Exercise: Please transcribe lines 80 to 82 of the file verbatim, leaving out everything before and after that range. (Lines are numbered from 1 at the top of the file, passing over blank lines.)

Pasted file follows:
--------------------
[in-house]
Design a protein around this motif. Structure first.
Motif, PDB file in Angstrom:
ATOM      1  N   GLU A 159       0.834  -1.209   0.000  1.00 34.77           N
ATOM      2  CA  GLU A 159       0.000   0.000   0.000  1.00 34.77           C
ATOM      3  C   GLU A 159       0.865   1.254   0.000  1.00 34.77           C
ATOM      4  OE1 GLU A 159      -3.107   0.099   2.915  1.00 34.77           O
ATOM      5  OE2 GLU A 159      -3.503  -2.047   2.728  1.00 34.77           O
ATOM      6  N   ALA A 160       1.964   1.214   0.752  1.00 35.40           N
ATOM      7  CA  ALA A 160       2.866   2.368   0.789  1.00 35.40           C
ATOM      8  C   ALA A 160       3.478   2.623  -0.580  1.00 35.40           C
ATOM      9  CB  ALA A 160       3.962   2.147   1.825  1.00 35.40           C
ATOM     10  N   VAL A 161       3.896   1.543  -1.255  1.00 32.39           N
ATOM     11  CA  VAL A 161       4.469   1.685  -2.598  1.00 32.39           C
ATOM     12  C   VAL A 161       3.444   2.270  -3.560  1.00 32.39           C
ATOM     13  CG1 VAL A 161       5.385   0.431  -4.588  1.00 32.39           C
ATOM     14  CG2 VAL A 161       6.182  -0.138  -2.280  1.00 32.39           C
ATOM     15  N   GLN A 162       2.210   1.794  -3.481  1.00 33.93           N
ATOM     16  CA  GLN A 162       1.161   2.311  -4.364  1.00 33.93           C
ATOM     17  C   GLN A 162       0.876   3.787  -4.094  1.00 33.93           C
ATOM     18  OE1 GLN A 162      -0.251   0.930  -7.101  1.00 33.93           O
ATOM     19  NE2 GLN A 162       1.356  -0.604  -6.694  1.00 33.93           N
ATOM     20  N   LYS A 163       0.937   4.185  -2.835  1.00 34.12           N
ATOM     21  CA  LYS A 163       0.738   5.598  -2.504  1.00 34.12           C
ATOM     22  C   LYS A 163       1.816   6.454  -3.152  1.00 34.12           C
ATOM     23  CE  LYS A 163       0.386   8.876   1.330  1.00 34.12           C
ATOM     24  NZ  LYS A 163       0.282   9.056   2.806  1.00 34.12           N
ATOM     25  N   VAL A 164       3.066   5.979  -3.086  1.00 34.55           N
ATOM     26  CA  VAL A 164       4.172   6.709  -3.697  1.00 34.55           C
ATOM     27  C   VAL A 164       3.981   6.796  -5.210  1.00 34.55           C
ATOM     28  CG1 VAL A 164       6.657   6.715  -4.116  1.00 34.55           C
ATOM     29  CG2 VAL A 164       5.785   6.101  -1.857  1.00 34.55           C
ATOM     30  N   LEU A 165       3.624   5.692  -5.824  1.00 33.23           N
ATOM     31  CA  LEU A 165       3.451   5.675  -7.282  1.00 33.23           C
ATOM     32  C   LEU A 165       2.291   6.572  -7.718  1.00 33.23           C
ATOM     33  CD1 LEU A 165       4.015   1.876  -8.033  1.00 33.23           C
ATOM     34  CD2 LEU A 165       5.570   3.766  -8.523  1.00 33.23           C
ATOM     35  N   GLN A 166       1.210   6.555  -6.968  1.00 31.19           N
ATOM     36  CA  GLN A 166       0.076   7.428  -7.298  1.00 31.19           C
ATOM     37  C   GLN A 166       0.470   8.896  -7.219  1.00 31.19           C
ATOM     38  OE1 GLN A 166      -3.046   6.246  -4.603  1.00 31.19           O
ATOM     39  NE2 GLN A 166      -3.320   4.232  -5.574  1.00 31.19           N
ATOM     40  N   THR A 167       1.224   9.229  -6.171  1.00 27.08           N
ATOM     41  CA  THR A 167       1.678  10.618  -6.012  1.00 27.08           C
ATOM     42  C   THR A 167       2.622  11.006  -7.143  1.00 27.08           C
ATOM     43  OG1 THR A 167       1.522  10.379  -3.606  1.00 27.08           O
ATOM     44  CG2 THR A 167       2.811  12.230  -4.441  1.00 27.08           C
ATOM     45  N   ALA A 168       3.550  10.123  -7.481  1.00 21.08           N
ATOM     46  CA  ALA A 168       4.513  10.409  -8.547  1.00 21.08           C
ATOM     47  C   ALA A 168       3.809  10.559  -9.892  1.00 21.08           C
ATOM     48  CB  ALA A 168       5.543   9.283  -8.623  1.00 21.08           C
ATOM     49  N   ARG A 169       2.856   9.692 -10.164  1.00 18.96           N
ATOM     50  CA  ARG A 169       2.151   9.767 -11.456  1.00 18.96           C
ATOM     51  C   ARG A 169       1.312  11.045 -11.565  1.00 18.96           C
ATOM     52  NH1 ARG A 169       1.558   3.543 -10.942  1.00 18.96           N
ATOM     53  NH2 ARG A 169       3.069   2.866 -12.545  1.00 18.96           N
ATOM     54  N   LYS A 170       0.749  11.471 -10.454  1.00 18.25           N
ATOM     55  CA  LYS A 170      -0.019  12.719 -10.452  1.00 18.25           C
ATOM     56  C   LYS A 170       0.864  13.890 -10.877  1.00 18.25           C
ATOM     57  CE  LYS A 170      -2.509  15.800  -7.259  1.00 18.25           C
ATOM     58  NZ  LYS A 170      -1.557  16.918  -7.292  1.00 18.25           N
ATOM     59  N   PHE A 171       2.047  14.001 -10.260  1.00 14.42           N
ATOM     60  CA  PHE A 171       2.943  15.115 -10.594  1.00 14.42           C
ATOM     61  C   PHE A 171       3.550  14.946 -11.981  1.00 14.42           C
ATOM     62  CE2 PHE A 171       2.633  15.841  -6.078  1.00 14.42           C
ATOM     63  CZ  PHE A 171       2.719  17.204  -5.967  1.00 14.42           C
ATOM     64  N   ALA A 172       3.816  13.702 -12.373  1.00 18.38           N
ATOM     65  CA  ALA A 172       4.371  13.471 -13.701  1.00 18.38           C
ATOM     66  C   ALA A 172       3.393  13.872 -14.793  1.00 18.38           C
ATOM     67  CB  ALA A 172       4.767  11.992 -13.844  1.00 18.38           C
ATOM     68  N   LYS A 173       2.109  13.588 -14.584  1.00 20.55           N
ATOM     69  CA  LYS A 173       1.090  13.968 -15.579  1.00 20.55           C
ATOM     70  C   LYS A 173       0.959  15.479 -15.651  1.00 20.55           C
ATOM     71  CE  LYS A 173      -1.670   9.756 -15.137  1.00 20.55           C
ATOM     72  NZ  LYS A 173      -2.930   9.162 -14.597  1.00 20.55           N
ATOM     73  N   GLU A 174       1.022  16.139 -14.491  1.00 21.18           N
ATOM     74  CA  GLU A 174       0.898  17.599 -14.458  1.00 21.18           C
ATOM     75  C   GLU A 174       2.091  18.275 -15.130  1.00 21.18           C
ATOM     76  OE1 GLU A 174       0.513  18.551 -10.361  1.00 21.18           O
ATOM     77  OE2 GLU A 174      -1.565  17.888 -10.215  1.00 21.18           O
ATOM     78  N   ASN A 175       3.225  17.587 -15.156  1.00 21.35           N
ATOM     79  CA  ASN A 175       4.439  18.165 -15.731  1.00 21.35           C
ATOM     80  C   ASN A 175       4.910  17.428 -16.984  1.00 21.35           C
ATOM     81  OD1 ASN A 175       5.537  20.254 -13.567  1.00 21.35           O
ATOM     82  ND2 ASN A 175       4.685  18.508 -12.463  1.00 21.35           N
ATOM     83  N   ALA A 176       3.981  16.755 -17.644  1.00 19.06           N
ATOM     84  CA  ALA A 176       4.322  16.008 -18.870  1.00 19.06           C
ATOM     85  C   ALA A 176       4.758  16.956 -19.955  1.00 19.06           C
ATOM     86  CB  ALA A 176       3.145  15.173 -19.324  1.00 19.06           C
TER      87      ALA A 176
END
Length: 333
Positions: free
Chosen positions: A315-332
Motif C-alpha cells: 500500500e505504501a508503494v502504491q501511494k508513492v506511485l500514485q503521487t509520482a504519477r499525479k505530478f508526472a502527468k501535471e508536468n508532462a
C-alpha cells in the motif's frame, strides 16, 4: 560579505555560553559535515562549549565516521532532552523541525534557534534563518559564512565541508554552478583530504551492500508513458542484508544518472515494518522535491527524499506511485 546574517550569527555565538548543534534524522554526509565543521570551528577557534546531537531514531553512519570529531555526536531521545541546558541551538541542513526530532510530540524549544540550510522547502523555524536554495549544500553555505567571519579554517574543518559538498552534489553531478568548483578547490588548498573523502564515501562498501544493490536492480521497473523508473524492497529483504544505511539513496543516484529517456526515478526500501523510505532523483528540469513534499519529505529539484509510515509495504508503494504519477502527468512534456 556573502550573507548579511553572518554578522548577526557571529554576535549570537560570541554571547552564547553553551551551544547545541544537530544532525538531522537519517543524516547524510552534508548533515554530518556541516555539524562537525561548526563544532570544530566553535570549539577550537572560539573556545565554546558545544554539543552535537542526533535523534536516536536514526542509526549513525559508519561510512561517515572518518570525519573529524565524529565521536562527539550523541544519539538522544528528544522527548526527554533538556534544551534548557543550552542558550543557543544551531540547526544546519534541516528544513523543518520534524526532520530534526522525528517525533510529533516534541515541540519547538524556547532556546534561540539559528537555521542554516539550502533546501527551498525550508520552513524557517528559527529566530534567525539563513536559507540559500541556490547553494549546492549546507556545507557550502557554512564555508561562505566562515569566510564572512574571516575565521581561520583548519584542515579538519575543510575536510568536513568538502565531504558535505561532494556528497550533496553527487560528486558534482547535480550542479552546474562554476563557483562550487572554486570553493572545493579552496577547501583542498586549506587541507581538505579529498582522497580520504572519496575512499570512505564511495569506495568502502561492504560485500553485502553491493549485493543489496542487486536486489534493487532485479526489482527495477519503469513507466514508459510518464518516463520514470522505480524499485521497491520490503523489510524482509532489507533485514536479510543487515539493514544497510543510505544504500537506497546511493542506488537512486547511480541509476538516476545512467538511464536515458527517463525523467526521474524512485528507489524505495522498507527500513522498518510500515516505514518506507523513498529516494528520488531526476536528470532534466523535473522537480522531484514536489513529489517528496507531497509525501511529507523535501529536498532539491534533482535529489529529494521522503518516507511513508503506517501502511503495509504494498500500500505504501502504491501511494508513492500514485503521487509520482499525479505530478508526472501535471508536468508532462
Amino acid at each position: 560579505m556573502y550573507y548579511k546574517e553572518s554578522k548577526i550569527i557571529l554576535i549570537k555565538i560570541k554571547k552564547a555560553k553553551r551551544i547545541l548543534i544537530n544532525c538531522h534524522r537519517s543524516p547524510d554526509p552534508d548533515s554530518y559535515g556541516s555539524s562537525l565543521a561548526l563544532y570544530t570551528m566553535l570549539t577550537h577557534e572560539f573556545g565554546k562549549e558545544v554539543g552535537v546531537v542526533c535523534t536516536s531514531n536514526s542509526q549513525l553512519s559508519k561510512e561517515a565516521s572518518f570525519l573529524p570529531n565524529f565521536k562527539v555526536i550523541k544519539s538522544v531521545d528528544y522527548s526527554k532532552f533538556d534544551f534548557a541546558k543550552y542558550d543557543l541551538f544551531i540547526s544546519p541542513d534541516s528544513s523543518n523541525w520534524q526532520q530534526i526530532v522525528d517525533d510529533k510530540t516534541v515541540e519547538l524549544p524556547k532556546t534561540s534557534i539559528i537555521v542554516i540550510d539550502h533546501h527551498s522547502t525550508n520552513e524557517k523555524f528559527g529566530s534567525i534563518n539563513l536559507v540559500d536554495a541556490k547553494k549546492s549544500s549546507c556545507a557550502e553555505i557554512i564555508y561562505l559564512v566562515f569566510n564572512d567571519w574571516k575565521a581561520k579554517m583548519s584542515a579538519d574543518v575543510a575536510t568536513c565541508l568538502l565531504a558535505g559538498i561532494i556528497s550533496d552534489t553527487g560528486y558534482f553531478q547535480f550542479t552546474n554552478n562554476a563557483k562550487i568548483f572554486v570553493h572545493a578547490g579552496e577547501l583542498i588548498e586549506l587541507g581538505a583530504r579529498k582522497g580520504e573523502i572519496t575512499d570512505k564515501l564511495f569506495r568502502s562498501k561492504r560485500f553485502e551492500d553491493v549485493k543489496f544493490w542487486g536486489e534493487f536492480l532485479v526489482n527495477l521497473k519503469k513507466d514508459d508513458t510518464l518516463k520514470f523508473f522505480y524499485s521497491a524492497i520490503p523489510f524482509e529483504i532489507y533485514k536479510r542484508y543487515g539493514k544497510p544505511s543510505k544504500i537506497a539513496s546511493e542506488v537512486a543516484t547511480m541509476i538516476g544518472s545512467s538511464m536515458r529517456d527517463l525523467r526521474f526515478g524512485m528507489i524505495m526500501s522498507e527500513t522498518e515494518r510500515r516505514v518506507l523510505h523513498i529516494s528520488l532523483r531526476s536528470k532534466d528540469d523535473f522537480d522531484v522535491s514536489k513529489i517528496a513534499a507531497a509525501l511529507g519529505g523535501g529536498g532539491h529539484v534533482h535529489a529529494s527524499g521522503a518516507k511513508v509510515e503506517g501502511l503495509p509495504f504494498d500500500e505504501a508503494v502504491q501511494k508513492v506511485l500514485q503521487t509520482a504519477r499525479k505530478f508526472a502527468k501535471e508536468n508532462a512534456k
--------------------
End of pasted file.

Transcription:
ATOM     77  OE2 GLU A 174      -1.565  17.888 -10.215  1.00 21.18           O
ATOM     78  N   ASN A 175       3.225  17.587 -15.156  1.00 21.35           N
ATOM     79  CA  ASN A 175       4.439  18.165 -15.731  1.00 21.35           C